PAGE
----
Thanks for all the recipes you are posting on here. I’m pretty basic in the kitchen and the weekly recipes are really helping to keep my paleo lifestyle from becoming bland and boring:)

  6. says

    @Alycia: Let us know how it goes over! I’ve made bacon-wrapped dates stuffed with almonds for Paleo Parties in the past, and damn if they don’t fly off the plate. They’re sugar-bombs for sure, but so yummy I can justify it as a once-in-a-while treat.

    @J Spice: When are you going to submit a Steal This Meal recipe? I’ve had your cooking, and you don’t give yourself enough credit. You’re super creative with vegetables, and I know you’re grilling every weekend these days… Get on it, girl!

  7. Adam says

    Sounds delicious.

    Here is another hommus alternative that is even more Paleo friendly (cashew haters). It is from Mario Batali’s (I know, a very unlikely paleo source) Spain: A Culinary Road Trip. This recipe is great and the book is amazing.

    Walnut Beet Dip:

    1 cup walnuts

    1 bunch large beets, roasted, peeled and cut into large chunks

    2 tablespoons olive oil

    2 tablespoons sesame tahini

    2 tablespoons lemon juice

    sea salt

    Mix all ingredients together until the consistency of hommus.

  8. Brandy says

    @Adam, mmmm Walnuts and Beets! I am going to try that!

    @all So, ‘splain to me something, my understanding is that Cashews are not Paleo Approved…. not that that means anything extremely significant to me, as I am not a Paleo legalist. But if Cashews are sketchy, and Garbanzo beans are sketchy, why should I bend over backwards to make hummus with cashews rather than garbanzos? I mean, is it that big of a deal one way or the other? – Discuss.

    @melicious – you are the best! Thank you so much for sharing your cooking skillz with us all. I am benefiting so much from all that goodness!

  9. nicole v. says

    sounds awesome!

    i just (as in, like 10 minutes ago) tried my hand at some paleo hummus, except i tried it with zucchini, and added macadamia nuts (in addition to the other hummus basic ingredients) to it. the original plan was to use all mac nuts (and skip the zucchini altogether), but like you mention, making hummus with nuts makes it extra-specially fat-dense, so i figured adding zucchini would make it a little more…balanced.

    i think it worked.

    i definitely wanna try it this way, too though.

    food is good. yeah!

  10. says

    @Brandy: Cashews may not be technically “Paleo” according to the purists, but that’s not what we base our food recommendations on. We’ve done our homework and are okay with including them in moderation in your diet. Which means as a treat, a cashew hummus is good to go. (We’re assuming you’re doing only a tablespoon or two at a time on veggies, not hoovering the whole bowl.)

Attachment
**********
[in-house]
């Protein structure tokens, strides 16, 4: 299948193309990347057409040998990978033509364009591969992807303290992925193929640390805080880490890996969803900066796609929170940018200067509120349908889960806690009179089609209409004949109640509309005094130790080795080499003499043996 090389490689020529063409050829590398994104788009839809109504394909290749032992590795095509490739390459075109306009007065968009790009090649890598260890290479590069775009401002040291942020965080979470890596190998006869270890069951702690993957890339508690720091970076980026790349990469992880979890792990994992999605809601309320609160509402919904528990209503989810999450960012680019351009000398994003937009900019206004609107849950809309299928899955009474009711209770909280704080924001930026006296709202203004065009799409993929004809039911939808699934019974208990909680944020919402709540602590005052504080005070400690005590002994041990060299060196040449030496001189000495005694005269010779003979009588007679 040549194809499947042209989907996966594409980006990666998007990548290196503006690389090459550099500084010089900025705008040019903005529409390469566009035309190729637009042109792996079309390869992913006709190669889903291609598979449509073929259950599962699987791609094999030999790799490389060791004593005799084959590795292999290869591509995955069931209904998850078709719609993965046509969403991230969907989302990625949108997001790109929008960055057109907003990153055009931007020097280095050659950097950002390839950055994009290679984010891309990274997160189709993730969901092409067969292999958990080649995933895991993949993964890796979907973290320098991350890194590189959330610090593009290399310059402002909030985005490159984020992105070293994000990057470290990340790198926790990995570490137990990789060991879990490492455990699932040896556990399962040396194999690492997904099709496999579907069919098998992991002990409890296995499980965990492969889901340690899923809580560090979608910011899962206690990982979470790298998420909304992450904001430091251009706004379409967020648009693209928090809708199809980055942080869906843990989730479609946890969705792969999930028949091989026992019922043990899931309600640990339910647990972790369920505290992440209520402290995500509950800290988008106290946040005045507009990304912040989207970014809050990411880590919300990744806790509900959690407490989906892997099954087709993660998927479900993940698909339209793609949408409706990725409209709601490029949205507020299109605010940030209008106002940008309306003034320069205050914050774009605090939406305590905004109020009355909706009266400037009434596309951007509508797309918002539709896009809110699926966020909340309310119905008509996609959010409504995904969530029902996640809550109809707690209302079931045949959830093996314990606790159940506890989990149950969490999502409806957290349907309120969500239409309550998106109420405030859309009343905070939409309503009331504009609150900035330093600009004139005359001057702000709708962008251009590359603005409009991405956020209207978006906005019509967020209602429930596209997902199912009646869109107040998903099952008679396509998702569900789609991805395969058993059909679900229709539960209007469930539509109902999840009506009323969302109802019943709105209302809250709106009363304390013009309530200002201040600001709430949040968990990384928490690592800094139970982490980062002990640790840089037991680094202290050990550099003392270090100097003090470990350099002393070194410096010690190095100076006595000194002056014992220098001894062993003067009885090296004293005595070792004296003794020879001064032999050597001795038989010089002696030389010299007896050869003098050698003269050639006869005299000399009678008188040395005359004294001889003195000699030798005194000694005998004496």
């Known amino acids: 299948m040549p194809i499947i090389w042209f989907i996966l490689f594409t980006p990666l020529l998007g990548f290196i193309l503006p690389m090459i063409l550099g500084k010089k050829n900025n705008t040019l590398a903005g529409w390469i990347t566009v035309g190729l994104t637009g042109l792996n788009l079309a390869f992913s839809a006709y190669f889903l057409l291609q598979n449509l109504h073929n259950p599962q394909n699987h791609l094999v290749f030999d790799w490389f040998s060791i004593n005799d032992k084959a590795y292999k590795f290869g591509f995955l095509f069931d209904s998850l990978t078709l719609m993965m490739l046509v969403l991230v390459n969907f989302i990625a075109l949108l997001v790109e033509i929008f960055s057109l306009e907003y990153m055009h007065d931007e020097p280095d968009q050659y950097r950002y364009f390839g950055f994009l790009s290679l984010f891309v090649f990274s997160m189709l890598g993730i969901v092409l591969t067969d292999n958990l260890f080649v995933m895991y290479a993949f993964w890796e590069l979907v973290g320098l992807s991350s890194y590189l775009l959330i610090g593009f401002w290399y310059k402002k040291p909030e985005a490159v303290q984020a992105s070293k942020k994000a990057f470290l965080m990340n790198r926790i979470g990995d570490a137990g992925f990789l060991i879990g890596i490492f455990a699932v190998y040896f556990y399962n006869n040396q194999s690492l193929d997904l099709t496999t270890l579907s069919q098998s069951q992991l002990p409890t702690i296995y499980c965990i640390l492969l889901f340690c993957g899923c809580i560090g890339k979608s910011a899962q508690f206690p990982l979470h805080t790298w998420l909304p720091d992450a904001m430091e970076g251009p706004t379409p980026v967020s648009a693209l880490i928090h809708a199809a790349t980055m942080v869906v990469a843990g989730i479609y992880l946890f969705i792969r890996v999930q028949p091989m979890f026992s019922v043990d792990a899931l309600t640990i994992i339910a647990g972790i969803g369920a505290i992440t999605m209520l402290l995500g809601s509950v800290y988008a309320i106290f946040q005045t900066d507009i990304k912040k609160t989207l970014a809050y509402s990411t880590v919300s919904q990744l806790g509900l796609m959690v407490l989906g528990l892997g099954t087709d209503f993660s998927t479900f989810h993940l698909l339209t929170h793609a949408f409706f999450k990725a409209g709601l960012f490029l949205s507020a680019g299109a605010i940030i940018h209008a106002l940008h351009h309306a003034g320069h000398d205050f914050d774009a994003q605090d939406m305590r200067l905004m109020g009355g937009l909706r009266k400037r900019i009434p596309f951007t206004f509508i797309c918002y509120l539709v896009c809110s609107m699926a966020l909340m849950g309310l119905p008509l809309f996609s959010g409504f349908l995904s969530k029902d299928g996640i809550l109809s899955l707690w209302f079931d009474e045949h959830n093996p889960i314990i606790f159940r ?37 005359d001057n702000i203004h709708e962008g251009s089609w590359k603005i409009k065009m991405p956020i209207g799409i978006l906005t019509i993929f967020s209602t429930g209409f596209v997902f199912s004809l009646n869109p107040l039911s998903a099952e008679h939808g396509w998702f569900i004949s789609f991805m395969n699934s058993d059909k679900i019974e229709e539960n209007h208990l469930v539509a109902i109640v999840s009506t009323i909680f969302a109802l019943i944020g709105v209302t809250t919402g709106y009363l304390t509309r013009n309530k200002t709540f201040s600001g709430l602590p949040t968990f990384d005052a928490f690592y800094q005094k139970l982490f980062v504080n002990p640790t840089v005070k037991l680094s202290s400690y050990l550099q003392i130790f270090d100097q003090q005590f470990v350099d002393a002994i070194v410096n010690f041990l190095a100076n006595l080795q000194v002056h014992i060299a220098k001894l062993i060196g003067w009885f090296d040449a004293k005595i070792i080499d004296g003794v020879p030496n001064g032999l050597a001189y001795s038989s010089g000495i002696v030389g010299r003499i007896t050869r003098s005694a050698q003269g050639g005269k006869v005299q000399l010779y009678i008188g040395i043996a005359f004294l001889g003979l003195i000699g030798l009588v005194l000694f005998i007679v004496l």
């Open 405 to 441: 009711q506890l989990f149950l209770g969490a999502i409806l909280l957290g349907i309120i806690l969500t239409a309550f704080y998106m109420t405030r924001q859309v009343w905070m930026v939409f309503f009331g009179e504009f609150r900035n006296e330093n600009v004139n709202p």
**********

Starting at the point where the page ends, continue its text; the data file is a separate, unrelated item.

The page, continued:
@NicoleV: Love the zucchini and macadamia version!

  11. KimA says

    Made the roasted red pepper version over the Memorial Day Holiday. It was really difficult to not hoover the whole bowl. In one sitting. :) Thanks for sharing the recipe!

  12. Karl says


    I’ll pre-empt with the “I’m no expert” line but I’m with Brandy on this. My understanding (and I can chase up references if you like) is that Cashews are not technically a legume (they’re actually a seed) but, in terms of toxitiy to the human condition, Cashews are worse for you than peanuts and should be avoided completely.

    In the scheme of things, from my understanding, Chickpeas would be a better choice than cashews as they can be eaten raw straight from the plant . This would imply they are non toxic to humans. Whereas, Cashews contain toxic urushoil and need cooking to reduce/eliminate this prior to consumption. It is suggested that this cannot be removed completely.

    I’d be interested to hear your thoughts.

  13. says


    Cashews are not a legume, that is correct. And (again) we don’t care whether something is “technically paleo” – we care about whether the downs sides of eating this food outweigh the up sides. As such, the whole “could you eat it raw” argument doesn’t hold much interest to me. After all, bitter zucchini and parsnips may contain potentially toxic compounds if eaten raw – but that doesn’t make them an unhealthy food choice.

    The defense mechanism of legumes (including chickpeas) are found in the SEED itself. When you eat the seed, you expose yourself to these anti-nutrients, many of which can’t be completely destroyed by soaking, cooking, fermenting or sprouting. In contrast, the defense mechanism of cashews include the hard outer shell, and a skin irritant external to the seed itself. (The urushiol is actually trapped between the two layers of the shell.) By consuming only the seed, you are encountering none of these “defense mechanisms” – therefore making cashews a healthy and “safe” food choice in our book.

    That having been said, we still don’t want you to OD on any nut or seed on a regular basis – but if you’re having a party or just really missing your hummus, using cashews as a base is a perfectly good choice for a once-in-a-while treat.



    That having been said,

  14. Dannielle says

    this was amazing.. loved the recipe… added the roasted red peppers and some sesame oil… it’s delicious!!!!